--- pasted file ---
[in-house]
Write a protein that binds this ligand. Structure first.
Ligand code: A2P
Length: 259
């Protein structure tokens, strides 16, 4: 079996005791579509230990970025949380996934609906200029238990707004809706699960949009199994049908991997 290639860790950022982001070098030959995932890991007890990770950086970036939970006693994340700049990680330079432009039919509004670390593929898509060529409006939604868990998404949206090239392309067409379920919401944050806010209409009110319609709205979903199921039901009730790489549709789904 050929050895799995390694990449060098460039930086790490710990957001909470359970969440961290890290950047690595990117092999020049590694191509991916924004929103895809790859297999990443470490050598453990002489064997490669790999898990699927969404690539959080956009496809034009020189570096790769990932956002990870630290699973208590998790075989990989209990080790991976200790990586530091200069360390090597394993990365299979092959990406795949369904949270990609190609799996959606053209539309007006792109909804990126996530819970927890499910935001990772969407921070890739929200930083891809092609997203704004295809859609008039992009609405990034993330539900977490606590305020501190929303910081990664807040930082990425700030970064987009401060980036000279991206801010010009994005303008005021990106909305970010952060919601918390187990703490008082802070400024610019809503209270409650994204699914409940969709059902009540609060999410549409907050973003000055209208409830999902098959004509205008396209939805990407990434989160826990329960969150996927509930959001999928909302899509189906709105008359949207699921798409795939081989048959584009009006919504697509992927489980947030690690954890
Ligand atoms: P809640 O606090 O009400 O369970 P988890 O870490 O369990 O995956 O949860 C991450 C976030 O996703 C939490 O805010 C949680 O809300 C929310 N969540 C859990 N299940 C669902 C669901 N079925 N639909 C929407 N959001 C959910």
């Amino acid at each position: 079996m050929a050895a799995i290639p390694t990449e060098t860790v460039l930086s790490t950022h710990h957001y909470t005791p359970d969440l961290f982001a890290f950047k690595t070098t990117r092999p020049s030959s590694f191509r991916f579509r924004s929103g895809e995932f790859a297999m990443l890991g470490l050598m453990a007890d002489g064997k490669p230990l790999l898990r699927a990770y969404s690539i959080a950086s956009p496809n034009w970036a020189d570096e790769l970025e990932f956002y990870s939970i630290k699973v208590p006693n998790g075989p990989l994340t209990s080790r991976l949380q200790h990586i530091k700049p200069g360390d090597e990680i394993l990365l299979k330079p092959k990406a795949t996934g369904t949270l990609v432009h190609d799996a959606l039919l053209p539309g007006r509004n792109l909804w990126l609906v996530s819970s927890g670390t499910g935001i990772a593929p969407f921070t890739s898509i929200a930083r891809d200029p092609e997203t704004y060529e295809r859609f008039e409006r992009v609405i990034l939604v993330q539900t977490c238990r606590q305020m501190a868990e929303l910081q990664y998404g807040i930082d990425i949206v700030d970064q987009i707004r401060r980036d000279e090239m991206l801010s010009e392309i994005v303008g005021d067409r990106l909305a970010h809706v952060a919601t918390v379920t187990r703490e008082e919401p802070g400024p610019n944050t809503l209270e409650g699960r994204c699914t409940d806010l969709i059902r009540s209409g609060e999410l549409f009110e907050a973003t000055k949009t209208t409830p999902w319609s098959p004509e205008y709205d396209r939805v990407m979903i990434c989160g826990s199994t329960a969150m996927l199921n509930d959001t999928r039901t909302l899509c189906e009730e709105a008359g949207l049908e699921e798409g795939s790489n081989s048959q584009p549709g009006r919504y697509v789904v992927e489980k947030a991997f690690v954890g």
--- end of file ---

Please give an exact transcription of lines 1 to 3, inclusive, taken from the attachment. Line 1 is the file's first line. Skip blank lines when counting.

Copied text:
[in-house]
Write a protein that binds this ligand. Structure first.
Ligand code: A2P